Meh. Seems just a step above the musicality of country music, with their hits (mostly Henley helmed) standing apart a bit. Even the hits are worn out, mostly, a with little staying power, at least to my ears. Musically, the singles do have a little bit more going for them, while the other tracks sound and feel like what they are - fillers. Bland.
Classic album. Marrying the cajun south and African sounds without losing the distinctly Paul Simon songwriting, all without feeling derivative or contrived. As with many great albums, it's the singles that seem to lose their lustre the most, personally, over time. I still enjoy You Can Call Me Al, but the other tracks really shine.
Having just listened to Graceland previously, this one seems pale by comparison. I mean, it's good, it's Paul Simon, but certainly a singer-songwriter of his time (1972). The singles are as good as ever, and really the shining spots on an otherwise ok album.
Classic. Really served as my introduction to alternative back in the day (with The Cure's \"Boy's Don't Cry\" album), and whether it's nostalgia or more than that, it still holds up to this day. So unique musically and lyrically.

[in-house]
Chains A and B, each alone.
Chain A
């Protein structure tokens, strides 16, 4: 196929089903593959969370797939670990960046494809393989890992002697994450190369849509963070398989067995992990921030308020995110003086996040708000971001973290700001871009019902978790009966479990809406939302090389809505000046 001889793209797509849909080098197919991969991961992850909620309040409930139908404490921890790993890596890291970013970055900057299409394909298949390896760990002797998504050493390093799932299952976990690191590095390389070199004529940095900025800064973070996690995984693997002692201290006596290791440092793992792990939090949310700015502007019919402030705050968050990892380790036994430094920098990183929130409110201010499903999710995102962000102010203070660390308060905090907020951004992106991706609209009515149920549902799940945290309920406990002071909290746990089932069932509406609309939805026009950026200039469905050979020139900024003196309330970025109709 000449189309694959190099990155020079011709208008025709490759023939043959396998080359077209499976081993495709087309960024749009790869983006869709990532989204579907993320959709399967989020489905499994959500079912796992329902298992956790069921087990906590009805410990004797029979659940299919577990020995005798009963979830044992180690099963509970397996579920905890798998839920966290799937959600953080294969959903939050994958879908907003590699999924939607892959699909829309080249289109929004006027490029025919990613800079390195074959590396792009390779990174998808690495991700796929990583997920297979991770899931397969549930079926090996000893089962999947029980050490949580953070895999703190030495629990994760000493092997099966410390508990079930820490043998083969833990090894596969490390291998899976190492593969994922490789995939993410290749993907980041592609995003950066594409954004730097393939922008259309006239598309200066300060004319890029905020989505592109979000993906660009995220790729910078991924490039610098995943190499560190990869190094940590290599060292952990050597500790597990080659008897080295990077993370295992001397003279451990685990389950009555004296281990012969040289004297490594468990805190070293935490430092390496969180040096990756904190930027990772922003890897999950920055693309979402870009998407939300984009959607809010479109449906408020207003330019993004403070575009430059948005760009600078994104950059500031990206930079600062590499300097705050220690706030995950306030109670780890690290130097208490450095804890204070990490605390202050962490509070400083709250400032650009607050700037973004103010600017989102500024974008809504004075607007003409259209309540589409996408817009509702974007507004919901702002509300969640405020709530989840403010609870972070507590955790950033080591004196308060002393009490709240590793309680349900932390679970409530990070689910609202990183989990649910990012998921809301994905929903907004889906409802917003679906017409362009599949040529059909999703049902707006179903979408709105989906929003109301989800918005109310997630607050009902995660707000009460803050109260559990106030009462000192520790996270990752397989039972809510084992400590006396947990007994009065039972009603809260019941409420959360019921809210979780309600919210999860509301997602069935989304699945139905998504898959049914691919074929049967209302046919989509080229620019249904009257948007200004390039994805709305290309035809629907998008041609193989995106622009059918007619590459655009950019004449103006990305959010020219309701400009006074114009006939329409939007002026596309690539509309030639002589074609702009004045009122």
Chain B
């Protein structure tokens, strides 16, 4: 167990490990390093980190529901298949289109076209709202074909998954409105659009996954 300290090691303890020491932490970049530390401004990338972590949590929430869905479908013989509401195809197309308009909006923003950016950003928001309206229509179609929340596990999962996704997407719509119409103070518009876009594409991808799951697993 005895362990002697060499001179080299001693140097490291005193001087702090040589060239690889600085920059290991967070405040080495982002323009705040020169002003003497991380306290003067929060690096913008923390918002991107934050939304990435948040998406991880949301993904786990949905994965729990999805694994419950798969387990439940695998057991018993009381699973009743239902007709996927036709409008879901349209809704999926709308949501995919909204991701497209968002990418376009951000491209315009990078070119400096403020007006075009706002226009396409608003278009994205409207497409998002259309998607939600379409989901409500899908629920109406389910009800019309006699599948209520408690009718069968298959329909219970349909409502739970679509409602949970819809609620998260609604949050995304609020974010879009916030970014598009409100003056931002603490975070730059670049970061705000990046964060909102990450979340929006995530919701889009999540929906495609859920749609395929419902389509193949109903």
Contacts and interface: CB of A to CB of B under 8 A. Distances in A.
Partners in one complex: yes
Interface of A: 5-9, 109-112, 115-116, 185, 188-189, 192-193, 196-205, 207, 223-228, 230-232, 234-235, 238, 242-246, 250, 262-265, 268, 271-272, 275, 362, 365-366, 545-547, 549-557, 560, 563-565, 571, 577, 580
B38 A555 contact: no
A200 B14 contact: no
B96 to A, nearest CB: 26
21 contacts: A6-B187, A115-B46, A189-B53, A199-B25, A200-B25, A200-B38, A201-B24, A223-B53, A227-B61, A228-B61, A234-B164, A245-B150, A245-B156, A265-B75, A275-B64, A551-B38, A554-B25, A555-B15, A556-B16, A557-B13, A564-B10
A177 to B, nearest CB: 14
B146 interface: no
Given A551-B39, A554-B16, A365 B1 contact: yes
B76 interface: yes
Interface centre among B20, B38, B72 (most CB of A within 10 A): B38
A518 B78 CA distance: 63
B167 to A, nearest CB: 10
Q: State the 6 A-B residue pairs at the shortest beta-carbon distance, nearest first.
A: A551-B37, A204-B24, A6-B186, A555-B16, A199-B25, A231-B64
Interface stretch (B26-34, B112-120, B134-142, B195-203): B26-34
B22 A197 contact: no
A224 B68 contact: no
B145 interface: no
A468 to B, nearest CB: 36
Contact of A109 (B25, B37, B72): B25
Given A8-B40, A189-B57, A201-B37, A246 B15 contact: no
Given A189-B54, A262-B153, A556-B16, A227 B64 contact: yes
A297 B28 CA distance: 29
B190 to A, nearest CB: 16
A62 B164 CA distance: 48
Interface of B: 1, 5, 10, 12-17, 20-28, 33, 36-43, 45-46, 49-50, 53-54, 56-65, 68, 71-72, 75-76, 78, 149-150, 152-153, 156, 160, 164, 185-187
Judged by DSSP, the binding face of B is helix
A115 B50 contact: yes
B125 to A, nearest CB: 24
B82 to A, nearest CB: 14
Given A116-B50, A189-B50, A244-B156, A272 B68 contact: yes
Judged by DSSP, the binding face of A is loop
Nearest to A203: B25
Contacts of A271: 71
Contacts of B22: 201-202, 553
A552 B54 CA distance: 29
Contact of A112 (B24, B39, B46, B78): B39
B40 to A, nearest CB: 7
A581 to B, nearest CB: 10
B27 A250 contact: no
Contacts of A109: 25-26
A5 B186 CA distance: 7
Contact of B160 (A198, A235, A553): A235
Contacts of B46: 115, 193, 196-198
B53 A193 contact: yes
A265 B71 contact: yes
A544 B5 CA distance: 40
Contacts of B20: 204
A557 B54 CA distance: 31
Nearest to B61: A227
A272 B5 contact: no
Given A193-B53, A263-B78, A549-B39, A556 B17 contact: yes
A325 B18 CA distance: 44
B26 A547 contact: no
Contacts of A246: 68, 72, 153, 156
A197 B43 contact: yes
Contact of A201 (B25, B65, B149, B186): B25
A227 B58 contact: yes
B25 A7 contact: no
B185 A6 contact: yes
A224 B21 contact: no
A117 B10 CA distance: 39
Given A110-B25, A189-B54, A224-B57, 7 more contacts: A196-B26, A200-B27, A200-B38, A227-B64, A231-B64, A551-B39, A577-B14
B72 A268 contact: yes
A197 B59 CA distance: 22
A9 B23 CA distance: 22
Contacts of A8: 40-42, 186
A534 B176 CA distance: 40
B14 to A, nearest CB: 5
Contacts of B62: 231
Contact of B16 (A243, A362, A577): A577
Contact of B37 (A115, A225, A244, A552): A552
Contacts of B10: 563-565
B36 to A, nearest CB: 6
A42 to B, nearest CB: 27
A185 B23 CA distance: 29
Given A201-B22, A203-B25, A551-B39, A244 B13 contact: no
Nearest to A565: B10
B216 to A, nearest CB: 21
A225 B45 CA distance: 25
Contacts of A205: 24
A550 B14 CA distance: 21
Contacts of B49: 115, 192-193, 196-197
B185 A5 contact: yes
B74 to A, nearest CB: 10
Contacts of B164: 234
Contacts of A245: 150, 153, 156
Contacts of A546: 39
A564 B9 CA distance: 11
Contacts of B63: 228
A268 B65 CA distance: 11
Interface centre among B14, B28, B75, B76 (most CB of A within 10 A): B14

What's not to love about the Pixies?! This album falls short of some of their earlier albums for me, but is still vibrant and energetic and fun.
As someone who has always been a bit tepid in his response to The Who, I really enjoyed this early, rough around the edges, old-school rock and roll album. It made me think of the later Rolling Stones album "Between the Buttons." It was also interesting to hear this earlier incarnation of the band, knowing the bombastic band they were going to become.
Wow. I had forgotten how many classics were on this album. As a casual Cars fan, I never actually owned an album, but if I were to, this would be the one! Great!
Tough one. I really like this album, as it came out in some formative years for me, musically. I like all the songs, but is it classic?
Another album I never owned, but it was certainly ubiquitous in its time. Relistening now (it's not on Spotify?), it certainly hit me how much of an impact it had on pop culture, and remains very listenable now. Obviously questionable lyrics and themes, but the production is good and the music is fun.
As someone who has never understood the (mass) appeal of the Grateful Dead, I can say this album...did nothing to change my mind. There are a few OK songs, enough to warrant the 3 star rating (Ripple, Truckin, Friend of the Devil, Sugar Magnolia), but for the most part what I've always thought of them holds true: boring musically and lyrically, sup-par vocally, just all around uninteresting.
I do love me some smooth buttery flow of Q-Tip, but find that I was missing the je ne sais quoi of the Tribe. Good vibe to the album, but just ok.
Hadn't really heard this album aside from the title track, and aside from having seen the movie ages ago, and was surprised at how loung-ey it sounded on the whole, with elements of funk and R&B thrown in. A good background mellow listen.
Really torn between 3 and 4 stars. Love the album, but is it really a 4-star?? solid 3.5, 3.75 even.